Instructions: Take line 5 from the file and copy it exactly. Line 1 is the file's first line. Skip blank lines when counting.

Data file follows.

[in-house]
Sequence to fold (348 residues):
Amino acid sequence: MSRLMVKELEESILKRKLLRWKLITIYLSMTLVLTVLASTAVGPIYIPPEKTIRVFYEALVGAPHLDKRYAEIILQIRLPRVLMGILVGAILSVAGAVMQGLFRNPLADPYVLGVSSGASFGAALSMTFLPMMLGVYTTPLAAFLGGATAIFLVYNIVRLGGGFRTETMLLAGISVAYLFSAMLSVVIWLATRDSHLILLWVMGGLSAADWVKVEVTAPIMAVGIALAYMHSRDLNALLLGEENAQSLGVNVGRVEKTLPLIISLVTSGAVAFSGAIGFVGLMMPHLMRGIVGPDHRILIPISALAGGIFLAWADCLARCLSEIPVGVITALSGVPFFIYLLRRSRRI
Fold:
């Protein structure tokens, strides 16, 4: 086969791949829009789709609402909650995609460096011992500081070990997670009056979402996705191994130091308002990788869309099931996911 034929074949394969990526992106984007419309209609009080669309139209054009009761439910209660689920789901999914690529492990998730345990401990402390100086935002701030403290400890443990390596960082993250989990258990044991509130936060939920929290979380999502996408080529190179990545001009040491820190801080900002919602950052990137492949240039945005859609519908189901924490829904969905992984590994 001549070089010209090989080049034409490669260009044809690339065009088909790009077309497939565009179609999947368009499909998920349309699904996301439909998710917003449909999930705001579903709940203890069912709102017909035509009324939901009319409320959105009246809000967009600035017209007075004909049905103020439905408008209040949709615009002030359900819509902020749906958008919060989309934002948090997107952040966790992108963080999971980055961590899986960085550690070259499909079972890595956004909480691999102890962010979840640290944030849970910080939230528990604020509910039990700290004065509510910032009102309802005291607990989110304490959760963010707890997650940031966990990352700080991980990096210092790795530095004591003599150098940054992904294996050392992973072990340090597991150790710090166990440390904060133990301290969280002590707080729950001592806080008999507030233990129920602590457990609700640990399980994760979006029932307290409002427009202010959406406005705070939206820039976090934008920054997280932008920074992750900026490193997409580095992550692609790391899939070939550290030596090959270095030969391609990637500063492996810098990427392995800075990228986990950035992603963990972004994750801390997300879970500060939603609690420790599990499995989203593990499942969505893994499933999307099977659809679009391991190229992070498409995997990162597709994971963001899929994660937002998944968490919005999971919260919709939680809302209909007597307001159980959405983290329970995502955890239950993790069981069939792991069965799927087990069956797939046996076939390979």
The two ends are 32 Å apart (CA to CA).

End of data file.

């Protein structure tokens, strides 16, 4: 086969791949829009789709609402909650995609460096011992500081070990997670009056979402996705191994130091308002990788869309099931996911 034929074949394969990526992106984007419309209609009080669309139209054009009761439910209660689920789901999914690529492990998730345990401990402390100086935002701030403290400890443990390596960082993250989990258990044991509130936060939920929290979380999502996408080529190179990545001009040491820190801080900002919602950052990137492949240039945005859609519908189901924490829904969905992984590994 001549070089010209090989080049034409490669260009044809690339065009088909790009077309497939565009179609999947368009499909998920349309699904996301439909998710917003449909999930705001579903709940203890069912709102017909035509009324939901009319409320959105009246809000967009600035017209007075004909049905103020439905408008209040949709615009002030359900819509902020749906958008919060989309934002948090997107952040966790992108963080999971980055961590899986960085550690070259499909079972890595956004909480691999102890962010979840640290944030849970910080939230528990604020509910039990700290004065509510910032009102309802005291607990989110304490959760963010707890997650940031966990990352700080991980990096210092790795530095004591003599150098940054992904294996050392992973072990340090597991150790710090166990440390904060133990301290969280002590707080729950001592806080008999507030233990129920602590457990609700640990399980994760979006029932307290409002427009202010959406406005705070939206820039976090934008920054997280932008920074992750900026490193997409580095992550692609790391899939070939550290030596090959270095030969391609990637500063492996810098990427392995800075990228986990950035992603963990972004994750801390997300879970500060939603609690420790599990499995989203593990499942969505893994499933999307099977659809679009391991190229992070498409995997990162597709994971963001899929994660937002998944968490919005999971919260919709939680809302209909007597307001159980959405983290329970995502955890239950993790069981069939792991069965799927087990069956797939046996076939390979």